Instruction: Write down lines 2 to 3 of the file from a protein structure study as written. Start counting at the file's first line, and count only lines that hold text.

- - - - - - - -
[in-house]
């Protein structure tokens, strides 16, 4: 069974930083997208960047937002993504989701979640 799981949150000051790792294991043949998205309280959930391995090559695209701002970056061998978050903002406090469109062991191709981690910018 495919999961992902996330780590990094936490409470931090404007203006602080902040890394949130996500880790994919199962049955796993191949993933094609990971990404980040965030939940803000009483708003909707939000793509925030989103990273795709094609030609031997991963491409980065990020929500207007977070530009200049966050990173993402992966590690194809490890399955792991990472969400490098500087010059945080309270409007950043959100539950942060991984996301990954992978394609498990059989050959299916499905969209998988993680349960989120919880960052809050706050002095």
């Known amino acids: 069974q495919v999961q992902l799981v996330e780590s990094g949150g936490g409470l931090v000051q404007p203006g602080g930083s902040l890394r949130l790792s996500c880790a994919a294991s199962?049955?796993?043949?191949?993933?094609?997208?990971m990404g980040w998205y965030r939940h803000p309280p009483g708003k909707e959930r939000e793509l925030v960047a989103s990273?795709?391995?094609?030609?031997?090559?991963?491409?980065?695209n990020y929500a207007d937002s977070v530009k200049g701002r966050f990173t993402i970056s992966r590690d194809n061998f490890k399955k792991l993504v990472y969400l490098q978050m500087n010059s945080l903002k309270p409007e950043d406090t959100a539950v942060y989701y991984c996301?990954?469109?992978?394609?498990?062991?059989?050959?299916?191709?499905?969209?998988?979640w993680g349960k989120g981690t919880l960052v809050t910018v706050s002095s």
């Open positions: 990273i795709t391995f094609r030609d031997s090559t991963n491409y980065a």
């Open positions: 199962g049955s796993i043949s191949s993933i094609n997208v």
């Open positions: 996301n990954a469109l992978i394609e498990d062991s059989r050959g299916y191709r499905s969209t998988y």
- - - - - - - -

């Protein structure tokens, strides 16, 4: 069974930083997208960047937002993504989701979640 799981949150000051790792294991043949998205309280959930391995090559695209701002970056061998978050903002406090469109062991191709981690910018 495919999961992902996330780590990094936490409470931090404007203006602080902040890394949130996500880790994919199962049955796993191949993933094609990971990404980040965030939940803000009483708003909707939000793509925030989103990273795709094609030609031997991963491409980065990020929500207007977070530009200049966050990173993402992966590690194809490890399955792991990472969400490098500087010059945080309270409007950043959100539950942060991984996301990954992978394609498990059989050959299916499905969209998988993680349960989120919880960052809050706050002095």
């Known amino acids: 069974q495919v999961q992902l799981v996330e780590s990094g949150g936490g409470l931090v000051q404007p203006g602080g930083s902040l890394r949130l790792s996500c880790a994919a294991s199962?049955?796993?043949?191949?993933?094609?997208?990971m990404g980040w998205y965030r939940h803000p309280p009483g708003k909707e959930r939000e793509l925030v960047a989103s990273?795709?391995?094609?030609?031997?090559?991963?491409?980065?695209n990020y929500a207007d937002s977070v530009k200049g701002r966050f990173t993402i970056s992966r590690d194809n061998f490890k399955k792991l993504v990472y969400l490098q978050m500087n010059s945080l903002k309270p409007e950043d406090t959100a539950v942060y989701y991984c996301?990954?469109?992978?394609?498990?062991?059989?050959?299916?191709?499905?969209?998988?979640w993680g349960k989120g981690t919880l960052v809050t910018v706050s002095s």